Boys of Alabama - Interview with Jimmy Carter by Chet Cooper
Formed some six and a half decades ago, The Blind Boys of Alabama are
the Ironmen of the music industry. They predate Elvis, Little Richard
and Al Green, yet even in their 70s they are still at the top of
the gospel charts and have earned impressive three-peat
honors by winning consecutive Grammy Awards for the past three years.
In the past five years, they’ve recorded moving renditions
of songs by everyone from Tom Waits to Prince side by side with
their traditional material, and they have appeared as guests on
record and on stage with an equally diverse array of artists, from
Peter Gabriel to Ben Harper.
A huge gospel sensation back in the 1940s and 1950s, The Blind Boys—led
by founding members Clarence Fountain, Jimmy Carter and George Scott—brought
their music to secular audiences in 1983 when they appeared in the smash
hit musical The Gospel at Colonus, an Obie Award-winning off-Broadway
and Broadway production. This modern classic also featured Morgan Freeman
and was seen nationwide on PBS’ Great Performances.
The Boys caught the ears of more mainstream listeners with their Grammy-nominated
1992 album Deep River. That album ignited what has proven one
of the busiest and commercially successful periods of The Blind Boys’
In 2001, The Blind Boys moved firmly into the mainstream with the release
of Spirit of the Century, the first of three consecutive Grammy-winning
recordings. A triumph that blended gospel, blues, soul and folk, Spirit
of the Century won the 2001 Grammy for Best Traditional Soul Gospel
Album. The Blind Boys’ version of Tom Waits’ “Way Down
in the Hole” became the theme song for the acclaimed HBO series
The Wire, and on the big screen The Blind Boys performed their
version of “Soldier” in the 2002 film The Fighting Temptations.
Further acclaim and another Grammy win for Best Traditional Soul Gospel
Album followed with 2002’s Higher Ground. In 2003, The
Blind Boys scored their third consecutive Grammy for Go Tell It On
the Mountain, a star-studded Christmas album.
In 2004, a session with the young chart-topping artist Ben Harper spilled
into a full-fledged album and another hit, “There Will Be a Light.”
Nominated for three Grammys, the album also saw The Blind Boys break The
Billboard Top 100 for the first time in the group’s history.
Honored at the 22nd Annual Media Access Awards, founding member of The
Blind Boys Jimmy Carter was on hand to receive the American Federation
of Television and Radio Artists (AFTRA) Disability Awareness Award. ABILITY
Magazine’s Chet Cooper spoke afterward with Carter.
Chet Cooper: Congratulations for being honored with the AFTRA Disability
Awareness Award at the Media Access Awards.
Jimmy Carter: Thank you. It did me good to see all the people, including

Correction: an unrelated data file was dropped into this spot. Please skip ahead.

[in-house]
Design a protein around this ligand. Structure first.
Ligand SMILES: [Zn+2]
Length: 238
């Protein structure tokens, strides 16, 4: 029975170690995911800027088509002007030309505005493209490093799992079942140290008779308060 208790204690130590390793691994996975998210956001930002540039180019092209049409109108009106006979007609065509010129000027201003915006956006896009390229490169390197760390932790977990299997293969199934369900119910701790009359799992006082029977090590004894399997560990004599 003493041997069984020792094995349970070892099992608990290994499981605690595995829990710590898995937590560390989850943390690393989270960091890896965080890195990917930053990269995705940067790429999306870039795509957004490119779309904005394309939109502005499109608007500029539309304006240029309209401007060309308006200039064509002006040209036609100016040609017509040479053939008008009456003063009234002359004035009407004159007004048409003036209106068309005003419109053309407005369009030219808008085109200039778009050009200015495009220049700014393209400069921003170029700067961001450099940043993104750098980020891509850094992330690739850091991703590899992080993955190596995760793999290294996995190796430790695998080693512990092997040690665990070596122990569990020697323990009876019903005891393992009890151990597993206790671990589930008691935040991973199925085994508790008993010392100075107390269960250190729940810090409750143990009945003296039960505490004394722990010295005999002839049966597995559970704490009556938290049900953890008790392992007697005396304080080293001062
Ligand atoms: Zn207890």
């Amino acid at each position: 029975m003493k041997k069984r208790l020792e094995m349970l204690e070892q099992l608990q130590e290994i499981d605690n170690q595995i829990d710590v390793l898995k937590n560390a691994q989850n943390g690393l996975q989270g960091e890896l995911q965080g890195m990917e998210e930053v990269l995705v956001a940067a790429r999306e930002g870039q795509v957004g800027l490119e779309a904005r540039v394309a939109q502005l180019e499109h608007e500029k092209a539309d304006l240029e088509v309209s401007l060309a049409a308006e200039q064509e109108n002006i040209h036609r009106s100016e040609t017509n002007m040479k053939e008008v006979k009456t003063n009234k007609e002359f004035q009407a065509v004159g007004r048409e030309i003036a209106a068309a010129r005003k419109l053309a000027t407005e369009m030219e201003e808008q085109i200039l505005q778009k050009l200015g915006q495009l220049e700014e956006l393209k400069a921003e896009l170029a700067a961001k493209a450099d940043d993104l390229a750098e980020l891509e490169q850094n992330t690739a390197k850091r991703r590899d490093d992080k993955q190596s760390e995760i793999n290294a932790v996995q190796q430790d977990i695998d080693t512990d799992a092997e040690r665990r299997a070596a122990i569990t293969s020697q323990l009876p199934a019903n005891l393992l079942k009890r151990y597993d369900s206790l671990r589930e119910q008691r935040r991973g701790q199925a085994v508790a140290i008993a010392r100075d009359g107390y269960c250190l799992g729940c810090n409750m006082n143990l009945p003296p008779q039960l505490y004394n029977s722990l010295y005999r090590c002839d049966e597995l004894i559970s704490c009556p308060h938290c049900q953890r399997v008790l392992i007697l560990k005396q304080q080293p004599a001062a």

myself, out there overcoming our disabilities. I think it’s a great
thing they’re doing.
CC: How was The Blind Boys of Alabama formed?
JC: We were all going to a school for the blind in a little town in Alabama
called Talladega. All the kids from the state who were blind would go
to that school. We started off in a choir, from the choir we formed a
glee club, and from the glee club we became The Blind Boys of Alabama.
CC: Who came up with the name?
JC: In the beginning we weren’t The Blind Boys; we were called the
Hackerland Jubilee Singers. What happened was there was another blind
group from Mississippi called the Jackson Harmineers. We were both invited
to a battle of music, and the DJ, to promote his program, used the gimmick,
“The blind boys of Mississippi gonna battle the blind boys of Alabama.”
It stuck and that’s how we got the name The Blind Boys of Alabama.
CC: So the important question on everyone’s mind is who won the
JC: (laughs) The Blind Boys of Mississippi.
CC: Are they still performing?
JC: The real ones are not, but the group is still going on.
CC: How often do The Blind Boys of Alabama perform?
JC: I would say 150 to 200 days out of the year, give or take. It’s
kind of hectic, but we’re still hanging in there.
CC: And you have been keeping that up for how many years?
JC: I’ve been singing since 1944, June 10th.
CC: Are they all paying gigs?
JC: Oh yeah, all of them pay. We do some benefits now because we are also
involved in the American Diabetes Association. Three of us are diabetics.
CC: Do you yourself have diabetes?
JC: Yeah, I do. Type II.
CC: How is your health?
JC: I am doing pretty good, thank God.
CC: What are your memories of growing up in the South during the civil
JC: We knew there was a problem with the segregated stuff, but we were
never harassed. At that time we knew how far we could go and we stayed
where we were supposed to be.
CC: Do you think your blindness was a factor in your not experiencing
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Other articles in the Robert David Hall issue include Letter From The
Editor, Gillian Friedman, MD; Humor: Cell It Somewhere Else; Headlines:
MS, Alzheimer's, Flu Benefit & Tsunami Relief; Senator Harkin: Disability
Rights Abroad; Media Access: Pursuing Inclusion and Representation; Behavior-Based
Interviewing: Identifying Ability; Innovations: Balance Sport Wheelchairs;
Motor Vehicle Accidents: Frightening Statistics; Test Drive: Get Off Your
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